Stacy JonesStacy Jones’ latest release, Love Is Everywhere, was inspired in part by a year full of tragedies and dramatic events both near and far. Like most works inspired in that manner, the 11 tracks, all written by Jones, reflect not only on how these events affect her life but also allow listeners to relate to the way that these and similar events affect them, making this a highly personal album for all involved.

Jones can play just about anything you give her (the liner notes for just this album list dobro, acoustic and rhythm guitar, harmonica, Hammond B3, and tack piano), but she’s also a marvelous singer and, as heard on this release, a top notch songwriter. She’s backed by her longtime band, which includes guitarist Jeff Menteer, drummer Rick J. Bowen, and bassist/father Tom Jones, and several guests, which include Sean Denton (guitar), Angelo Ortiz (washboard), Lee Oskar (harmonica), and Mike Marinig (sax, flute).

The opener is “Mojo Potion #61 & 49,” an interesting twist on the Journey to the Crossroad tale, told from a woman’s perspective this time around. The poignant ballad “Wait For Heaven” is a tribute to a friend who perished in a house fire, “Can’t Find Love” is a catchy little country rocker, “Stomp Jump Boogie” is a lively instrumental that features Oskar and Jones on harmonica, and “Can’t You Be Mine,” a soulful ballad with Denton’s guitar and Marinig’s sax and flute blending magnificently, features one of Jones’ best vocal efforts.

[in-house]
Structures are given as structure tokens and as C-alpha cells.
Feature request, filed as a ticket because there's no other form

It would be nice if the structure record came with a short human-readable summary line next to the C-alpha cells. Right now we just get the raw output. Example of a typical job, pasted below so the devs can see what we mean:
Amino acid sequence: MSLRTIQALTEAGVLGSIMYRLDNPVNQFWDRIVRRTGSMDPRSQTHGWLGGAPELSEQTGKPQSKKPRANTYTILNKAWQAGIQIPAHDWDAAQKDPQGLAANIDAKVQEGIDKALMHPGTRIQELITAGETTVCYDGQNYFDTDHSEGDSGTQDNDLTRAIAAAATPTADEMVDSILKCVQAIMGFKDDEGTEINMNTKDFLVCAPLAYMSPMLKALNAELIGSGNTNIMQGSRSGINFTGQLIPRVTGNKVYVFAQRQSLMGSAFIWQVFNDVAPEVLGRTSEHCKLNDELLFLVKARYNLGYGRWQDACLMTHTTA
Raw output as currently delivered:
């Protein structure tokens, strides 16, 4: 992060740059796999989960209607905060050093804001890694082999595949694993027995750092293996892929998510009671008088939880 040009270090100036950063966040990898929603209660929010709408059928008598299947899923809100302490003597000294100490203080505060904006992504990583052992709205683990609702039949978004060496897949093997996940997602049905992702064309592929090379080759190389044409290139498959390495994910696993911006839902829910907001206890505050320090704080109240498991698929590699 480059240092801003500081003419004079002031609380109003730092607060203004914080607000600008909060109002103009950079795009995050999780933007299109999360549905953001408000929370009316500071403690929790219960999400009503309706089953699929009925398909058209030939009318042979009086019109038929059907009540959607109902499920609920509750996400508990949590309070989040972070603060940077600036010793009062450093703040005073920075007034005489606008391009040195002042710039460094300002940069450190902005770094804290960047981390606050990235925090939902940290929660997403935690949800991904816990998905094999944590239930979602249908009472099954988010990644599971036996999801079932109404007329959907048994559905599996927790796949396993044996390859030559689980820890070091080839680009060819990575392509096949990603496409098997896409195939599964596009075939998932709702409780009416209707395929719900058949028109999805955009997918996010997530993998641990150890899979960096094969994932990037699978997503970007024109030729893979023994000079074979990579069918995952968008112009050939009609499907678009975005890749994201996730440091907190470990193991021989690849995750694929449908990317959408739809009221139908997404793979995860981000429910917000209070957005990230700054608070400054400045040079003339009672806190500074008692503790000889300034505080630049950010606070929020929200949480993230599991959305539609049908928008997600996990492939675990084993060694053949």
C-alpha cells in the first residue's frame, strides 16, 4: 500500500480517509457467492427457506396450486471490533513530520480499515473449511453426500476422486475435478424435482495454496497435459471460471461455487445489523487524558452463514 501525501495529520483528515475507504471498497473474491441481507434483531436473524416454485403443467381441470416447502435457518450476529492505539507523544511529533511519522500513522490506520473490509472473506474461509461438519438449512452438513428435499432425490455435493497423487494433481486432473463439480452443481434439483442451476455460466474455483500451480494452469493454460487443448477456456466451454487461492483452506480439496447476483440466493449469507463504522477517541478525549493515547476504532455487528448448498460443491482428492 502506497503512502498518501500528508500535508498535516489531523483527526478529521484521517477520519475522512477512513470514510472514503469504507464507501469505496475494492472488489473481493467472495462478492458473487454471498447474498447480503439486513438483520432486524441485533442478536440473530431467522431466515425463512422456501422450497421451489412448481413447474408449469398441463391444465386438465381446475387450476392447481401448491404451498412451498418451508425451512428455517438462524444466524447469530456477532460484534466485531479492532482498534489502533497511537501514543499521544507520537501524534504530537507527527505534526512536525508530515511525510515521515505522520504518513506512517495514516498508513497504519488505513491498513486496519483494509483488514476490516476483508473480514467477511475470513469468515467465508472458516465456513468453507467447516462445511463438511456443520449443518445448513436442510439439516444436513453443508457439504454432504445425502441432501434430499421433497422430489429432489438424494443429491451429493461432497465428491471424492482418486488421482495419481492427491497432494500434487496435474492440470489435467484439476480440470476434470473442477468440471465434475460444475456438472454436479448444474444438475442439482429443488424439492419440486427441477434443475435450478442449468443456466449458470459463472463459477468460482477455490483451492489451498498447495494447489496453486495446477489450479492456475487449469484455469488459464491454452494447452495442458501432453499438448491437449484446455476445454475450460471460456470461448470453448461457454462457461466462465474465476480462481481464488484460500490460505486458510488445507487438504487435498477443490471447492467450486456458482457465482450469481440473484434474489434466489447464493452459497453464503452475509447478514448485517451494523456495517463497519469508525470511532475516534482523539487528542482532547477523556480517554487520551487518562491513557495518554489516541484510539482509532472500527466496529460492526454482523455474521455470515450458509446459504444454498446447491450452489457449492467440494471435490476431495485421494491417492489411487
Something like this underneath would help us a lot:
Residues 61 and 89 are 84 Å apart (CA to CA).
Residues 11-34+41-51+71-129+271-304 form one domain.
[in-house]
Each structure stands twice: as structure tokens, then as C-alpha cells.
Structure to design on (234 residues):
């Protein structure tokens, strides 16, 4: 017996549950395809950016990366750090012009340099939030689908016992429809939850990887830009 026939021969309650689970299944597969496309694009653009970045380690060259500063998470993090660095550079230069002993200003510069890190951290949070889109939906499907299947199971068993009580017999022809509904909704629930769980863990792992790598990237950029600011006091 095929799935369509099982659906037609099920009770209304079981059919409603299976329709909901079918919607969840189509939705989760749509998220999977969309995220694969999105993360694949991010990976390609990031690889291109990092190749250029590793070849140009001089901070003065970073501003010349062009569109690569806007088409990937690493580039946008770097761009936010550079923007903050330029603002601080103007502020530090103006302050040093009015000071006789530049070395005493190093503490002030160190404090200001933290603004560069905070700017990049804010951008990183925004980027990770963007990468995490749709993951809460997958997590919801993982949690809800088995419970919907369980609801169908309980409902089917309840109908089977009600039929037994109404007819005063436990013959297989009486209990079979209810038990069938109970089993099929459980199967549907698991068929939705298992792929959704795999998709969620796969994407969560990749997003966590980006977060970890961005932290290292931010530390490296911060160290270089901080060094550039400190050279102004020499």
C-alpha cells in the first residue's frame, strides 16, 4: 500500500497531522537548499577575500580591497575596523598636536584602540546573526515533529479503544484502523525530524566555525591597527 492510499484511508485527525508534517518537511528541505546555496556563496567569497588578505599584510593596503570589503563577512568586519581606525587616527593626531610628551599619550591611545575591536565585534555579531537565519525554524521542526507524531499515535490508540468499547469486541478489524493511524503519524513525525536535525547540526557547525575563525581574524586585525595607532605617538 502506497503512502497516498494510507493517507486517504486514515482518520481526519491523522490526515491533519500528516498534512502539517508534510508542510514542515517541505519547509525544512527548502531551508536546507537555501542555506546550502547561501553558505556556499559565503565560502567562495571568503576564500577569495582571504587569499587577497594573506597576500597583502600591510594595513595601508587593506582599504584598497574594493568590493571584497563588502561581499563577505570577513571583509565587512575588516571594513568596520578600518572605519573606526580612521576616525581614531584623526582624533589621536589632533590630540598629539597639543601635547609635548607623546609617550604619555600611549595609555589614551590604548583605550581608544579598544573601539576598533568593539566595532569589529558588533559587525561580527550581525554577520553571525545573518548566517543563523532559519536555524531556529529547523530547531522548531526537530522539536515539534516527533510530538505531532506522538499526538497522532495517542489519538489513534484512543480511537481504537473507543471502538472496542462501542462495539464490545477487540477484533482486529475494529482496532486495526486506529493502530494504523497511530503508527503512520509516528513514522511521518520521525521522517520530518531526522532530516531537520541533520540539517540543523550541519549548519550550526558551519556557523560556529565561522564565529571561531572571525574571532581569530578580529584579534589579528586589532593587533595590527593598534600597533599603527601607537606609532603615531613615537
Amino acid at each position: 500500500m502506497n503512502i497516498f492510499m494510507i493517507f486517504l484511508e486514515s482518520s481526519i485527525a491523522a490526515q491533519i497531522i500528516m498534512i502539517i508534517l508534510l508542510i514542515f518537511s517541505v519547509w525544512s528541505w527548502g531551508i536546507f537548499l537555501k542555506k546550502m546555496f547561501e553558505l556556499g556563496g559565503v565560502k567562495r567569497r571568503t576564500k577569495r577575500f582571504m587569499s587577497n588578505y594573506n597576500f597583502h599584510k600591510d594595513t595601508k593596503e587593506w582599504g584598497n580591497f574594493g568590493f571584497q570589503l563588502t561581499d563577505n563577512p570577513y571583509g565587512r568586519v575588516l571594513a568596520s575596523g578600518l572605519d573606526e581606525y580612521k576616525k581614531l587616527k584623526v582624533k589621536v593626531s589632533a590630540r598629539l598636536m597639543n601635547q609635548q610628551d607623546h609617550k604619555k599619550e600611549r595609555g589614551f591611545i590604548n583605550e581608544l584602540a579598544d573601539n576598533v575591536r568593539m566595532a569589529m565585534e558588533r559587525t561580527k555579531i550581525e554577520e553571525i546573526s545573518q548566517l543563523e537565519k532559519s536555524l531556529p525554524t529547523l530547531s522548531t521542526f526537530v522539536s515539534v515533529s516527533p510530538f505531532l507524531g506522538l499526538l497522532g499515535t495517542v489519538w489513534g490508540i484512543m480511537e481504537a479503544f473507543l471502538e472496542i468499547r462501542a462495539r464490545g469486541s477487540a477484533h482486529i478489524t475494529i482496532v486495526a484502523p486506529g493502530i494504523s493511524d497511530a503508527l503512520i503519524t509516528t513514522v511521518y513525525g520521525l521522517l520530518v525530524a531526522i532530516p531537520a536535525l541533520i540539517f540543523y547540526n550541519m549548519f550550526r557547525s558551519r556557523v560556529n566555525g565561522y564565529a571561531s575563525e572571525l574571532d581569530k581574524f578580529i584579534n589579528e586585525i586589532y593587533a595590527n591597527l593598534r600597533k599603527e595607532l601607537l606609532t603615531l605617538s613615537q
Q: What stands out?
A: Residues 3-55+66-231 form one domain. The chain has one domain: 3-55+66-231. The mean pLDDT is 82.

The energetic “I Fell In Love” is next, followed by the powerful title track, which Jones wrote following the tragic mass shooting at the Orlando night club in June of 2016. The frantic jump blues “One Stop Light” will gets toes tapping and tail feathers shaking, while the honky tonk stepper “Gotta Get Over You” and “Tough Girls Never Cry” should both be mainstays on country music radio stations. The closer is the old school rock and blues boogie “I’ll Be On My Way,” which brings the album to a fitting finale.

Stacy Jones continues to improve with each release, Love Is Everywhere being her best, most balanced release yet. It’s only a matter of time before the rest of the blues world catches up with the Pacific Northwest and starts giving this lady her due.

--- Graham Clarke

Jon SpearThe Jon Spear Band has enjoyed success with both of their previous releases, Old Soul and Live Music Is Better, both of which finished high in the Roots Music Report’s Contemporary Blues Album Charts in 2015 and 2016, respectively. In fact, Live Music Is Better was a nominee for Best Live Blues Recording in the 2016 Blues Blast Magazine Award and also was a finalist in for the 2017 I.B.C.’s Best Self-Produced CD.

The band’s third album, Hot Sauce, contains all of these ingredients with 12 originals written by guitarist Spear and the band (Dara James – vocals/guitar/harmonica, Andy Burdetsky – bass, John Stubblefield – drums). Spear and James split vocal and lead guitar chores throughout. James takes the mic for the edgy coming-of-age opener, “Bottom of the Bottle,” the feel-good Caribbean pop “Geographical Cure,” the zesty R&B-flavored title track, and the lively “Hit the Quarter.”

James also sings on the more serious numbers, “Noah’s Blues,” about man’s occasionally insatiable need to hunt, kill, and poach animals for sport, “Wintertime,” a subdued elegy about the plight of the homeless, “Blues for a Soldier,” an enthusiastic shout-out to those in uniform who defend our country, and “Natchez Burning,” a haunting new song about the 1940 burning of the Rhythm Night Club in Natchez previously made famous in song by Howlin’ Wolf, with haunting background vocals from Yolanda Jones and Nathaniel Star.